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San Diego Residential Drug/Alcohol Treatment Abuse Lawyer

With the surge of the opioid crisis, the ongoing fight against alcoholism, and the presence of other serious, addictive drugs in our society, residential treatment centers have cropped up all over the San Diego area and beyond. However, not all of these centers are safe. In California alone, in a four year time-frame, more than 150 deaths at facilities around the state were investigated.

Operated on a patchwork of state and federal regulations, some residential treatment facilities have engaged in illegal practices to recruit patients with good insurance, while others have left patients to die of neglect and abuse while in their care.

If you were the victim of abuse at a residential drug or alcohol treatment facility, you may be eligible to obtain compensation. An experienced residential treatment facility abuse lawyer at Gomez Trial Attorneys can help you to understand the legal process involved in holding the facility accountable for your injuries.

Gomez Trial Attorneys has obtained $500 million for our clients over the past 20 years and U.S. News has named us one of top law firms in the country.

Call a San Diego Based injury lawyer today to see how we can help you.

Types of Abuse that Occurs at Treatment Facilities

Patients at treatment facilities are considered vulnerable adults, in that their physical addiction becomes a disability that they are reliant on others to help treat. The reliance on others during treatment, as well as the presence of other individuals dealing with addiction during this process, makes an environment where healing is possible, but abuse is also possible.

The types of abuse that occur at residential treatment facilities may include:

  • Physical abuse: Physical harm caused by staff members or other residents, which may include physical or chemical restraint, punching, kicking, slapping, or even such “treatment tactics” as refusing access to the restroom.
  • Psychological abuse: Psychological abuse of a patient by a staff member includes threats of punishment, loss of privileges, or even the patient’s removal from the treatment program to force the patient to do something in circumstances where failure to perform this act would not result in such consequences.
  • Sexual abuse: Sexual abuse may include inappropriate sexual contact, coercion to perform sexual acts as part of treatment or under threat of losing privileges that were gained by the patient during the treatment process, or the patient being forced by staff members or other residents to perform sexual acts under threat of some sort of punishment or physical violence.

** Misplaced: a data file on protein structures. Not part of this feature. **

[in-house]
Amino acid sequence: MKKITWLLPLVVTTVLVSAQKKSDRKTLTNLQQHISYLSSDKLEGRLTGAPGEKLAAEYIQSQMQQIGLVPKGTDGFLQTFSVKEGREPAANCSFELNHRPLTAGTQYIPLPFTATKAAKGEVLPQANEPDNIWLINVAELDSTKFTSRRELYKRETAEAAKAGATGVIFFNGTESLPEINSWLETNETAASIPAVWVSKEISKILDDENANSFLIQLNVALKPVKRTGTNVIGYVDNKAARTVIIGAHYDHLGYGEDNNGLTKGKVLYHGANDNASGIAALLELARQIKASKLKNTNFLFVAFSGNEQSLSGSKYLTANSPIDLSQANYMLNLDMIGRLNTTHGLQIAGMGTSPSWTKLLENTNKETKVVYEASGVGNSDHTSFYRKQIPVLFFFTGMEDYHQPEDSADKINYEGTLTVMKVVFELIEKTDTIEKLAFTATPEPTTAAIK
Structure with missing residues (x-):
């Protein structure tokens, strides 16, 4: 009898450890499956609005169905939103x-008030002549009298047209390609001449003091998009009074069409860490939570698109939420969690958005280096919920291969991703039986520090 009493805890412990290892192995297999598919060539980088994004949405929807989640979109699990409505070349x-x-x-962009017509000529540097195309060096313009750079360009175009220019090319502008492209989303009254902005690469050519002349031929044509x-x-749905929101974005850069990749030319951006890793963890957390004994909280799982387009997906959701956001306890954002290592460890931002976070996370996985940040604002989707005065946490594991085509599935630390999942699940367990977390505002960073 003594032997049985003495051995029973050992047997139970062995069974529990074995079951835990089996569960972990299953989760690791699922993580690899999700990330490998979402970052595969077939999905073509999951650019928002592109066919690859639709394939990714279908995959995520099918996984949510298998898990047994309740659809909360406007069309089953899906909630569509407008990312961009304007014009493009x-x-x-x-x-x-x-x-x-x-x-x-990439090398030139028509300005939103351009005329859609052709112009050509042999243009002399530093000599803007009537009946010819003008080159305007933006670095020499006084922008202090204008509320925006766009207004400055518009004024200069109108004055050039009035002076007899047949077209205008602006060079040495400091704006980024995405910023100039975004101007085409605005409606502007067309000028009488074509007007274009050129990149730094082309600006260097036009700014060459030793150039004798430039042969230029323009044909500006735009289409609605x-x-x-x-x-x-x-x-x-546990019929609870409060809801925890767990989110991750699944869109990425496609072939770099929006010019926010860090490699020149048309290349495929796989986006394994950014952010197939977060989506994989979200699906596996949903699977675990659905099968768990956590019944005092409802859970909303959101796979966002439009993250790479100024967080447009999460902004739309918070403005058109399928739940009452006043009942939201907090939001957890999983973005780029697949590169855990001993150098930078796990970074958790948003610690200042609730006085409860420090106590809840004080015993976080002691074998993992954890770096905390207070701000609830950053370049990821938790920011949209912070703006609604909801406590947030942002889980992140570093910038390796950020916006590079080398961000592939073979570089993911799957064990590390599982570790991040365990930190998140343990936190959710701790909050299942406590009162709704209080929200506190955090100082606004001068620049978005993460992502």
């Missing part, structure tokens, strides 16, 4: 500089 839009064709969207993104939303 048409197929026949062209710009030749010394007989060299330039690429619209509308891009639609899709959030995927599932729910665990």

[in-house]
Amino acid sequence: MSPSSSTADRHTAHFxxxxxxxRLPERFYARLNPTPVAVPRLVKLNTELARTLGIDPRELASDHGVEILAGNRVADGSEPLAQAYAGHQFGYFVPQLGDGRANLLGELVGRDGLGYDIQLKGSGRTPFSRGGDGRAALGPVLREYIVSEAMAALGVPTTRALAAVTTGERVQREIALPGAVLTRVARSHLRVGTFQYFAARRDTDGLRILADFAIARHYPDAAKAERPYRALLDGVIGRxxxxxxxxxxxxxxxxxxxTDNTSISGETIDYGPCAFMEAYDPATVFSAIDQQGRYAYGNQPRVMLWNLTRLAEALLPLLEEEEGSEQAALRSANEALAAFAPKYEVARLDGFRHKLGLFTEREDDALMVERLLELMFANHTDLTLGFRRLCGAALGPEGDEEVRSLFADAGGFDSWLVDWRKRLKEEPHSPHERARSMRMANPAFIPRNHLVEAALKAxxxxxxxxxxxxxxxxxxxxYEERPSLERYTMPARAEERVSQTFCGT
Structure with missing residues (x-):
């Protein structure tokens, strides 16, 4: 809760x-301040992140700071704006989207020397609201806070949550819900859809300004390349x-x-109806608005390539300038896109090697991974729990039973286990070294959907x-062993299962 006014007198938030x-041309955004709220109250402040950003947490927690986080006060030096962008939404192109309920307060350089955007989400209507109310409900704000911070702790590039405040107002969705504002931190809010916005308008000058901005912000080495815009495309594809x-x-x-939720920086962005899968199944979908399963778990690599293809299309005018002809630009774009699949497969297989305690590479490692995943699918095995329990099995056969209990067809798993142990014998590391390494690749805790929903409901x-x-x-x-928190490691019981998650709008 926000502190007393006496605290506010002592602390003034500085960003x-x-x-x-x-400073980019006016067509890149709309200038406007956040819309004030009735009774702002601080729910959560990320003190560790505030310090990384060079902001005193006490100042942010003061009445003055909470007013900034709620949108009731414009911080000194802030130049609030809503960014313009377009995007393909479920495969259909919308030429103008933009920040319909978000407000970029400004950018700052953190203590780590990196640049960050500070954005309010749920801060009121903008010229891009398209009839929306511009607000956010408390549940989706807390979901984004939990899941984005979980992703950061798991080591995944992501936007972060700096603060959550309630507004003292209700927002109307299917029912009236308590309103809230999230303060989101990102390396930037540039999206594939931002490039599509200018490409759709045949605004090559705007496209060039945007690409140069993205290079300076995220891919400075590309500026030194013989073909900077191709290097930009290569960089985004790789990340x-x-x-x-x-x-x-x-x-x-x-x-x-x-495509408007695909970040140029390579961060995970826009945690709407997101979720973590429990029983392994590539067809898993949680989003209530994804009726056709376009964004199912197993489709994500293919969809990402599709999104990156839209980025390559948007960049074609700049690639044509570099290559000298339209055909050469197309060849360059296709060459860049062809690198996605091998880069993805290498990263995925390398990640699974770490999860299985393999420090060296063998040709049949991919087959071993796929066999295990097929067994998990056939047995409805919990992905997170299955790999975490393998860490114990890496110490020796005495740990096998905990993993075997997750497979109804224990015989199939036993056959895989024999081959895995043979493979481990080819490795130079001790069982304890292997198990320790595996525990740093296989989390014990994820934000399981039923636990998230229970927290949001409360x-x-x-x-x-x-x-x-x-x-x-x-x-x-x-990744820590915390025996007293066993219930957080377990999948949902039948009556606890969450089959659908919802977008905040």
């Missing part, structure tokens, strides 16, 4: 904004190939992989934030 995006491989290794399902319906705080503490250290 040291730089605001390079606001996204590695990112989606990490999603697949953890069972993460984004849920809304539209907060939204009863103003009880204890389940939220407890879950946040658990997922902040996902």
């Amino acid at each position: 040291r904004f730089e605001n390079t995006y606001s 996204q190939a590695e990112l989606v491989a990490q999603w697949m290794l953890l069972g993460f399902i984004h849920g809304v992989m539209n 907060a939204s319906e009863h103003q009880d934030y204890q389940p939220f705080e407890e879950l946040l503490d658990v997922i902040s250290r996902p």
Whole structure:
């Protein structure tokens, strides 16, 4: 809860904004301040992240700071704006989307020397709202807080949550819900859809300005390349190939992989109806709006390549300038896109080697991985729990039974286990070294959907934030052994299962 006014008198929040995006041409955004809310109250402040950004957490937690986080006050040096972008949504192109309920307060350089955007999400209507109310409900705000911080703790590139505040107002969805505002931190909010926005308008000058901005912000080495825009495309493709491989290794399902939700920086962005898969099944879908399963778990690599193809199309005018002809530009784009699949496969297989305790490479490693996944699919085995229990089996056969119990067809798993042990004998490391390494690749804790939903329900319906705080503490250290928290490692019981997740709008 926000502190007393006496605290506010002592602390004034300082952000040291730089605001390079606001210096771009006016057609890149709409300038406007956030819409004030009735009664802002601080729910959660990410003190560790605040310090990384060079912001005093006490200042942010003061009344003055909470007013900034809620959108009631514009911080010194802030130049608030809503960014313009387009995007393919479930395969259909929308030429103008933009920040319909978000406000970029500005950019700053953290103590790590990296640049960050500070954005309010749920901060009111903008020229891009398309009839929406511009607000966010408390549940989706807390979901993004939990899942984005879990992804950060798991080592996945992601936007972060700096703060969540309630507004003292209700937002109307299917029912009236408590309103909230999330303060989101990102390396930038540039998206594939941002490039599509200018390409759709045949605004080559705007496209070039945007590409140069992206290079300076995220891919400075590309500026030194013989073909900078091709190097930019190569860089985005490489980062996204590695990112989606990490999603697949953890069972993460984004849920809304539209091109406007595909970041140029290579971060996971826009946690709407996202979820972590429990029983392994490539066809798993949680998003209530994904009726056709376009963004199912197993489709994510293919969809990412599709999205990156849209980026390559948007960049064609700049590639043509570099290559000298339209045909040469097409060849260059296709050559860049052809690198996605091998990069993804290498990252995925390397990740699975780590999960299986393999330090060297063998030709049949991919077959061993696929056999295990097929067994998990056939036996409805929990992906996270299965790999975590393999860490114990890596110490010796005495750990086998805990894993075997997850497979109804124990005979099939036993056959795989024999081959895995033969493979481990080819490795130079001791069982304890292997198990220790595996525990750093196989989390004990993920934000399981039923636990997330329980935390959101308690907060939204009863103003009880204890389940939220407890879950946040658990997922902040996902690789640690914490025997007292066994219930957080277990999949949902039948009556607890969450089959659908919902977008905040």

• Prescription abuse: The failure to provide a prescribed medication to the patient or to allow the patient access to prescription medications needed for withdrawal or other medical issues. Prescription abuse can also involve medication errors such as giving the patient the wrong type of medication or the wrong dose.
  • Neglect: Neglect is a failure to provide an acceptable standard of care. An example of neglect in an alcohol or drug addiction treatment facility would be knowing that a patient, at initial assessment, is suicidal and noting in the patient’s treatment plan that he or she needs to be on 24-hour monitoring and then failing to provide this monitoring for a length of time.
  • Financial abuse: Examples of financial abuse involve staff members gaining access to a patient’s personal finances through an inappropriate relationship, or the requirement of a significant financial contribution by the patient outside of the regularly established fees for treatment services.
  • Insurance fraud: The common type of insurance fraud seen in the substance abuse treatment arena is patient trafficking, in which residential facilities pay a third-party to look for people with addiction and good insurance, and refer them to programs that aren’t well-suited to their needs just to obtain the insurance money for the treatment. Other types of insurance fraud include excessive billing for services, billing of services that weren’t provided, and the provision of services that aren’t needed.

California Laws Pertaining to Treatment Facilities

In California, the oversight of licensing and minimum treatment requirements at alcohol and drug abuse treatment facilities is provided through several different sections of the law. Among the requirements for facilities are: